On June 7, 2024, the Decree amending and adding various provisions of the General Law to Prevent, Punish and Eradicate Crimes of Human Trafficking and for the Protection and Assistance of Victims of these Crimes (the “Decree”) was published in the Official Gazette of the Federation, a reform that came into force as of June 8, 2024.

Since 2012, this law defined labor exploitation as obtaining an unjustifiable benefit, economic or otherwise, illegally, through the work of others, subjecting the person to practices that violate their dignity, including the following cases:

1. Working in dangerous or unhealthy conditions, without adequate protections under applicable labor laws or regulations.

2. Disproportion between the work done and the payment received in return.

3. Salary below the legally established.

Now, as a result of the Decree, a new case for labor exploitation is included, which is workdays exceeding what is stipulated by law.

It is important to note that this Decree imposes penalties of 3 to 10 years in prison and fines between 5,000 and 50,000 UMAs (Unit of Measurement and Indexing known as “UMA” for its initials in Spanish) (equivalent to MX$542,850 to MX$5,428,500.00) on those who exploit one or more people for labor. In the case of indigenous and Afro-Mexican peoples and communities, the penalties established will be from 4 to 12 years in prison and from 7,000 to 70,000 UMAs (equivalent to MX$759,990.00 to MX$7,599,900.00). The current value of the UMA is $108.57 pesos. It should be noted that this law does not aim to criminalize labor relations in Mexico, but to protect and eradicate other types of illegal practices in the country.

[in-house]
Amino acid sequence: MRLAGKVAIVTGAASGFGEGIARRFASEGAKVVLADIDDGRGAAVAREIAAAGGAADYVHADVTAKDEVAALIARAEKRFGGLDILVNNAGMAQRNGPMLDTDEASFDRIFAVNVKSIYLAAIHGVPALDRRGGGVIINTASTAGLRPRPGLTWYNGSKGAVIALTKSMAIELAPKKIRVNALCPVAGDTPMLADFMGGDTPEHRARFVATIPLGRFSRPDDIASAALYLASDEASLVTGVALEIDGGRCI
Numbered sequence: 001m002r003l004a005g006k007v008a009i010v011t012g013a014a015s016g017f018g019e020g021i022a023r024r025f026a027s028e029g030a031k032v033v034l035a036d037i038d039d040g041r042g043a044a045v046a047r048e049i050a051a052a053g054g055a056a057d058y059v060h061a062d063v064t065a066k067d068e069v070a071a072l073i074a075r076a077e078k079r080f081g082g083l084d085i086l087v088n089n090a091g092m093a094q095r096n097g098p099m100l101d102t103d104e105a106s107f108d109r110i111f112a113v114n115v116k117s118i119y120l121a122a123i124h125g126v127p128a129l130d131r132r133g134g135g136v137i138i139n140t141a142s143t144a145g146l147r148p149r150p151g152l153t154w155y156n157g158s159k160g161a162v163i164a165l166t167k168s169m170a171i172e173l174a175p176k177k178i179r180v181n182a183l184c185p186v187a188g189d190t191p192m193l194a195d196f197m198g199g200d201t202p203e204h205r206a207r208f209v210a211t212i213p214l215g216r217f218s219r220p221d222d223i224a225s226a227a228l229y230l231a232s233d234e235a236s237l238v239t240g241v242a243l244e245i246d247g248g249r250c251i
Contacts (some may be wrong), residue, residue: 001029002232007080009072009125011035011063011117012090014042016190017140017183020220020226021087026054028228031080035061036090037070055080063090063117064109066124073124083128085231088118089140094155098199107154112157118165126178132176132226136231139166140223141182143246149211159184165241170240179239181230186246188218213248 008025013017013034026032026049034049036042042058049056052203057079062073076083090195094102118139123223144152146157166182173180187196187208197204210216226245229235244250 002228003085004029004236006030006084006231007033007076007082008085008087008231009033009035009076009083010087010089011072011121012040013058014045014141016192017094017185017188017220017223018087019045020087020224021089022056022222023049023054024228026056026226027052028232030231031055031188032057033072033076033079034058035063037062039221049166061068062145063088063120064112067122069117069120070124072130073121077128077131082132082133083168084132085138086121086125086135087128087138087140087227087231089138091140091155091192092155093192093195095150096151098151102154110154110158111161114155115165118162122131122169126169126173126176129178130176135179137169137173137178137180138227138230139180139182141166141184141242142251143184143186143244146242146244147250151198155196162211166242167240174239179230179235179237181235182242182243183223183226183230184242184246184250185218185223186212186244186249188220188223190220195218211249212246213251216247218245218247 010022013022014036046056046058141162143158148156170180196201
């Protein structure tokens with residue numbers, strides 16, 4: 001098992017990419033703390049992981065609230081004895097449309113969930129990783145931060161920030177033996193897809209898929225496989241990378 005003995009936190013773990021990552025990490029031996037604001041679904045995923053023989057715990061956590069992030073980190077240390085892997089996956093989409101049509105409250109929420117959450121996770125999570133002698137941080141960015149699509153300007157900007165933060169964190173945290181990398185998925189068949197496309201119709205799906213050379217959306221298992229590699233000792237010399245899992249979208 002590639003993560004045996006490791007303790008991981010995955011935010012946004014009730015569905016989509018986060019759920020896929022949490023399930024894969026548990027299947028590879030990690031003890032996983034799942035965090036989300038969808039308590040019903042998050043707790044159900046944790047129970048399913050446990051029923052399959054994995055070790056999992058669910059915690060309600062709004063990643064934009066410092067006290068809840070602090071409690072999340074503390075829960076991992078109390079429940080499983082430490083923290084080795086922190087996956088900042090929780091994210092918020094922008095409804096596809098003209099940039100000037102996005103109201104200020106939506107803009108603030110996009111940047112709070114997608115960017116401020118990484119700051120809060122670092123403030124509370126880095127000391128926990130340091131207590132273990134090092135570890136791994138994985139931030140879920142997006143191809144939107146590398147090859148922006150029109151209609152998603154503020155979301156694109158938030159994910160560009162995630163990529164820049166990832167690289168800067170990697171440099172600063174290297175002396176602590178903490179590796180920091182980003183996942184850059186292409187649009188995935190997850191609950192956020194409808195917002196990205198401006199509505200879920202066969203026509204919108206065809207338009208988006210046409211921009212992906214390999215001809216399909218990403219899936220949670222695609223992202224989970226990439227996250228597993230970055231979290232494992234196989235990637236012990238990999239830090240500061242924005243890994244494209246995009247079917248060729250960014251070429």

For this reason, and considering that this law establishes significant sanctions, it will be crucial to take into account the interpretations that the authorities, especially the labor authority, may make known. This is relevant, considering that, although the Federal Labor Law establishes the legal workday maximums, it also contemplates overtime and its payment, as well as special workdays.

For more information, we share the link to the publication in the Official Gazette of the Federation, here.

We would be glad to resolve any doubts you may have in this regard and support you in reviewing and implementing new work structures in compliance with Mexican legislation.

For additional information, please contact:

Rodolfo Trampe, Partner: +52 (55) 5258-1054 | rtrampe@vwys.com.mx

Rafael Vallejo, Partner: +52 (55) 5258-1036 | rvallejo@vwys.com.mx

Adrián Castillo, Counsel: +52 (55) 5258 1036 | adcastillo@vwys.com.mx

Alejandra Arizpe, Associate: +52 (55) 5258 1014 | aarizpe@vwys.com.mx

Sarah Gibert, Associate: +52 (55) 5258 1036 | sgibert@vwys.com.mx

Alejandro Pérez, Associate: +52 (55) 5258 1054 | alperez@vwys.com.mx

Ana Ruiz, Associate: +52 (55) 5258 1036 | aruiz@vwys.com.mx

Ricardo Rosas, Associate: +52 (55) 5258 1054 | rrosasg@vwys.com.mx

Pamela González, Associate: +52 55 5258 1039 | pagonzalez@vwys.com.mx